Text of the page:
Milk is the foundation of our prosperity
“How do you say it? Yes! Flexible! Kenya Women Finance Trust (KWFT) employees are very flexible; they understand that sometimes it’s difficult to repay a loan. From time to time they pass by to see how things are going and they also offer their advice on how to improve your business.
What I like about the bank is that they look at what is good for the family. They are very practical. It’s about improving simple living conditions like a roof over your head, electricity, clean water and school fees, but also about expanding your business. It’s not complicated and when you have a problem, you can always talk to them.
Proud to hand in my resignation
When I first met the bank’s representative, I found that getting a loan was fairly simple. So, I wanted three new cows and the bank gave me a loan facility to purchase the cows which were approximately 120 thousand shilling (1200 dollars) each.
To access the loan facilities, I used my pay slip as my collateral, since I was employed in a big agribusiness firm. As I felt stable in my agribusiness ventures and I needed to be more flexible, I handed in my resignation notice in February 2018. I felt proud to be able to do this.
I talk with other women about the changes in my life. They see me doing very well, but not everybody has the courage to take a loan. Also, not every woman gets permission from her husband or has access to collateral.
Mcvin Mbesa Muia, farmer
We sell it right from the cow
As a dairy farmer, I had no special training as one can find out all about dairy farming on the internet nowadays. Plus, my husband works for the Agricultural Society of Kenya where he has gained a lot of experience in dairy farming. We also practice poultry farming but that’s for home consumption. We have two kids, my son is 16 and in a boarding school and my daughter is 8 years old. She goes to primary school in Nairobi where we live as we have an apartment in our capital.
I now have eight cows and four calves. They stay in a stable all day as they are milked trice a day. I get around 100 liters per day and I sell the milk for 50 dollar cent per liter. We don’t process the milk; we sell it right from the cow.
We also have a lot of manure which we sell; we also use it to process biogas which we use for cooking. Of course, we also scatter it over our own fields. The biogas installation is connected to my kitchen and in order to be able to install it, I took another loan of 114 thousand shilling (1.140 dollars).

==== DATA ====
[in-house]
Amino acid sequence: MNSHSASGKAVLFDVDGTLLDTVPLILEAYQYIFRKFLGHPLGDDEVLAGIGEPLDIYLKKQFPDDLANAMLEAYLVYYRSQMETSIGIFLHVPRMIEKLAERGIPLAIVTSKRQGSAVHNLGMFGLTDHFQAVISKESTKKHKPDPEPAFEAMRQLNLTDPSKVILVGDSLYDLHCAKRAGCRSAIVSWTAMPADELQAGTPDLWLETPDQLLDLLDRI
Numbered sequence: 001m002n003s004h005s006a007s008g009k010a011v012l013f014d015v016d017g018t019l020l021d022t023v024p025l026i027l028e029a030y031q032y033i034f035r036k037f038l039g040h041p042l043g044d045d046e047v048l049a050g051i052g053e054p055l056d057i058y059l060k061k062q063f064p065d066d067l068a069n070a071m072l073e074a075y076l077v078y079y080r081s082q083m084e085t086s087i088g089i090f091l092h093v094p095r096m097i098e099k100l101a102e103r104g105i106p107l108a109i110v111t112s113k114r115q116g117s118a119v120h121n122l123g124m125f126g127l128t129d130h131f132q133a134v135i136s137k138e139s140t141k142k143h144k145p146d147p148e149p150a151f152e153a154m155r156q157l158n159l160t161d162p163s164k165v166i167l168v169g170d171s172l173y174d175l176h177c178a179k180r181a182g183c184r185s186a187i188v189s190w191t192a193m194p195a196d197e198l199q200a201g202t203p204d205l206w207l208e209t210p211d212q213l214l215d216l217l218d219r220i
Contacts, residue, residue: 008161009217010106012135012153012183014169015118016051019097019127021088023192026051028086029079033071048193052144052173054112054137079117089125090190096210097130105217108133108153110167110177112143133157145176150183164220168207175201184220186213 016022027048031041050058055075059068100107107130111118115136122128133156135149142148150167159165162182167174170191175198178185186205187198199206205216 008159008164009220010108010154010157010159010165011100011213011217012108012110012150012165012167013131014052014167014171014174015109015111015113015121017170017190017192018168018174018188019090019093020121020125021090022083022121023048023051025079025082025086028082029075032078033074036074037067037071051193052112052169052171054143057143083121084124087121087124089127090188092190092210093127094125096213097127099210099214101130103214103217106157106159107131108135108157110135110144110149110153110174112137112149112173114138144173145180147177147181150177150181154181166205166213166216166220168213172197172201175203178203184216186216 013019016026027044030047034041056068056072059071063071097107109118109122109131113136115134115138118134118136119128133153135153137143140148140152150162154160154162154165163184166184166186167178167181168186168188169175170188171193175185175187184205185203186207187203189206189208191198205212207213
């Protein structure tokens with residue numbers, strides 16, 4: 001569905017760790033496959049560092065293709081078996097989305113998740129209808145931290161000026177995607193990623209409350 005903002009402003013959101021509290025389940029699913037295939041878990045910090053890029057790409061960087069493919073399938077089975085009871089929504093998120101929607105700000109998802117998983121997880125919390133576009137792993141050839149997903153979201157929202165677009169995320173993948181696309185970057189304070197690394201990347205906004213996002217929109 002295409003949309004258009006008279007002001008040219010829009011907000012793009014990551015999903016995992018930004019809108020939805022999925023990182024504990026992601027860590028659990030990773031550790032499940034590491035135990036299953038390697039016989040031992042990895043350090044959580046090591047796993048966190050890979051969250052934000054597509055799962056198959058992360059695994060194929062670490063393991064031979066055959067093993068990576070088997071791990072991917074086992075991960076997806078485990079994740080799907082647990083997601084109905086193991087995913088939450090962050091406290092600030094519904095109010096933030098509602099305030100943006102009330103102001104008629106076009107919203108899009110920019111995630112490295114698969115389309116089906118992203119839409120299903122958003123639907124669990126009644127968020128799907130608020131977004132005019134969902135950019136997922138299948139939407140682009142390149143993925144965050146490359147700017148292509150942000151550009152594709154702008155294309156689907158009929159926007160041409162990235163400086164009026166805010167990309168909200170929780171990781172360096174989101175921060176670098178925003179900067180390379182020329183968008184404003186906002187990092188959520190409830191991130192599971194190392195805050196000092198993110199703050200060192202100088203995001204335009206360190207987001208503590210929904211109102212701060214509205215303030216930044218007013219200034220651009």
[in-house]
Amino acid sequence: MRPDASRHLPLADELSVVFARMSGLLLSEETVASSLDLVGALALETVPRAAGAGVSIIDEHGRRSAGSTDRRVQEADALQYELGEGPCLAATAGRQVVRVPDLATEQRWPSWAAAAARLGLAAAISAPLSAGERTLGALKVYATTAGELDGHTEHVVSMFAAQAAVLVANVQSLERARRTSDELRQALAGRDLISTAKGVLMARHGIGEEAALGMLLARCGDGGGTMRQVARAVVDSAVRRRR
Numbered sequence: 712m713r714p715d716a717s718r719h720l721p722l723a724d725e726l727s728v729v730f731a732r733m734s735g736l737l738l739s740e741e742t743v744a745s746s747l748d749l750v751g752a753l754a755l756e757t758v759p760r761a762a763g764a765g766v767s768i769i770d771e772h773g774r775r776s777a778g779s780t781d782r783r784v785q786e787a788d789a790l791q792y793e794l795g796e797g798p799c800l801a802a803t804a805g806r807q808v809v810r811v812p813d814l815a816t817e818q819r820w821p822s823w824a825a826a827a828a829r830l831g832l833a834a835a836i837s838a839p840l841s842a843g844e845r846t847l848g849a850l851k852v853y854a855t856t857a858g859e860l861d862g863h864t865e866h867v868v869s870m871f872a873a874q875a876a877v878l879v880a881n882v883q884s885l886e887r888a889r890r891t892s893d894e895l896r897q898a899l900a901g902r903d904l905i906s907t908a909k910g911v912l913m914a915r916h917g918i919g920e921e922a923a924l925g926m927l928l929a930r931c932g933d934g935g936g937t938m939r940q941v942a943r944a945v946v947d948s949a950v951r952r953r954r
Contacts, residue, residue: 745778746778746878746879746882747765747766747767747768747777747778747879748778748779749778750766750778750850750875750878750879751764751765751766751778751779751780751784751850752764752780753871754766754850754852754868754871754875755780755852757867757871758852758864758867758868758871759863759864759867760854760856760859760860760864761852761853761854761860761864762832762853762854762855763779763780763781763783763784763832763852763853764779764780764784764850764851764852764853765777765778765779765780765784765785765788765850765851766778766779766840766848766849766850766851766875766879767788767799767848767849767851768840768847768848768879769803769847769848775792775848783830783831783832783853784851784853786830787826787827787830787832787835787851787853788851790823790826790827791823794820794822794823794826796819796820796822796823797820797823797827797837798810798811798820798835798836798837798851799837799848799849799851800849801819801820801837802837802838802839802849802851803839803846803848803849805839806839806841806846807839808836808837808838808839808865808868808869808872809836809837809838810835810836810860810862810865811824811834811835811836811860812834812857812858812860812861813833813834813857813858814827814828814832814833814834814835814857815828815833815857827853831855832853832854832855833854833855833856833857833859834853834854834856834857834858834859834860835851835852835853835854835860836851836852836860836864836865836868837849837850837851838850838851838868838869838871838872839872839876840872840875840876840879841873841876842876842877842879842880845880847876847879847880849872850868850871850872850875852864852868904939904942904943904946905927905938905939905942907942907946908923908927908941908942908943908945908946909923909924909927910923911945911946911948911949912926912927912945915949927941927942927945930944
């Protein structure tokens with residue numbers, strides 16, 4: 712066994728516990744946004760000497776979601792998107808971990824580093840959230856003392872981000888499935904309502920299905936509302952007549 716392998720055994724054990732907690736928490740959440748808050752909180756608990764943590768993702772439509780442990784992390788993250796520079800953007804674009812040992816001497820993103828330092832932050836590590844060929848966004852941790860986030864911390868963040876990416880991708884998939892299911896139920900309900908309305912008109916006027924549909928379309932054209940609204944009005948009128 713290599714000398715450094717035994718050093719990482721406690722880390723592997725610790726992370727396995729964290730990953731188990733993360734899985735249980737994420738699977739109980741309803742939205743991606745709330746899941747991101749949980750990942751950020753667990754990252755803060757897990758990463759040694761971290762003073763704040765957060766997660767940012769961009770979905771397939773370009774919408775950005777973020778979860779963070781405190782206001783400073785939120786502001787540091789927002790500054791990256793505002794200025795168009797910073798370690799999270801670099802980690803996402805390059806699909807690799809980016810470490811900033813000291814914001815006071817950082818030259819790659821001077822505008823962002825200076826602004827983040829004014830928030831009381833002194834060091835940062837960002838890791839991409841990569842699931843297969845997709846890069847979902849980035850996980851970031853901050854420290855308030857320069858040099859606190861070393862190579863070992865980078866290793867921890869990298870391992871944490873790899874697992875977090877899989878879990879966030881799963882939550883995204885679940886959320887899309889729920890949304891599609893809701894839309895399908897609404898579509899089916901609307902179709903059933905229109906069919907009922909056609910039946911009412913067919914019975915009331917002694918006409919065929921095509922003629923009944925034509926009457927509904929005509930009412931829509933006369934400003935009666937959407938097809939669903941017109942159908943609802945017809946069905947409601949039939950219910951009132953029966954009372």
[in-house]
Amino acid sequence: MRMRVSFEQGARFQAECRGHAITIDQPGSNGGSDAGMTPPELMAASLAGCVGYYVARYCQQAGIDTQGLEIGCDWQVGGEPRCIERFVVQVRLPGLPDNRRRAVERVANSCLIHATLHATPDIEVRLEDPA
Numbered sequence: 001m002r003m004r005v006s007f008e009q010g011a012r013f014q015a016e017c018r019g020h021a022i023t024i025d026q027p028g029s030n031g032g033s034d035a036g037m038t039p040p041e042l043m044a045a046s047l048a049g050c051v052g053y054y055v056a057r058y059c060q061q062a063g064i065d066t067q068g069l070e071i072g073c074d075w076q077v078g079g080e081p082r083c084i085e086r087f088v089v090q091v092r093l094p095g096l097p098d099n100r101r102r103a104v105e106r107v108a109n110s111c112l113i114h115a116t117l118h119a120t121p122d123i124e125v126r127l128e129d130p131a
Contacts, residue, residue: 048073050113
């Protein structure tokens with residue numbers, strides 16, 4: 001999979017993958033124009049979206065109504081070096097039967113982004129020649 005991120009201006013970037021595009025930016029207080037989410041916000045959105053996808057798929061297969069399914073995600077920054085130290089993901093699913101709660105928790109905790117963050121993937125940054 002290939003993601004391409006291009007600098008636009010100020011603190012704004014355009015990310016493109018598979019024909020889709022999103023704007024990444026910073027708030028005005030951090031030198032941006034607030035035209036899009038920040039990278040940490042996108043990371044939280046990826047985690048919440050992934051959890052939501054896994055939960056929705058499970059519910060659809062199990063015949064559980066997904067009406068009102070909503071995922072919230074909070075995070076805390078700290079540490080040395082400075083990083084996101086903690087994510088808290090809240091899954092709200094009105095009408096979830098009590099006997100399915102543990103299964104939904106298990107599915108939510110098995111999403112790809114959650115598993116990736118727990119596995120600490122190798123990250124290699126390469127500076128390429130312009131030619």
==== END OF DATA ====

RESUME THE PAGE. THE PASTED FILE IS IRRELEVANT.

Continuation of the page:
We bought land with the revenues of milk
Our land is located on a hill and what you see over there are the terraces for our crops. We have around 16 acres with bananas, mangos, avocados, beans and onions. Once this land belonged to my parents-in-law, now it is ours and one day my children will inherit it. I love this place, it’s where we belong, but I want to expand. Hence, I bought a piece of land with the milk proceeds near Masinga Dam. I’m also looking forward continue with my agribusiness ventures there.
In order to do this, we will need another loan, that’s for sure. This time my collateral will be the cows as the milk proceeds are a steady source of income. The milk is giving me a great foundation for now and the future.”
Mcvin Mbesa Muia lives in the region Machokos, in the village Kyambutho, around 80 kilometres south east of Nairobi. She’s one of the many women with her own small business. She’s a member of a group of women who receive small loans from the Kenya Women Microfinance Bank.
BIO participates with 5-million-dollar equity in REGMIFA, a regional MSME fund for Sub Sahara Africa. REGMIFA supports financial institutions like KWFT.
Equity € 3,743,000.00 (2010)Sub-Saharan Africa
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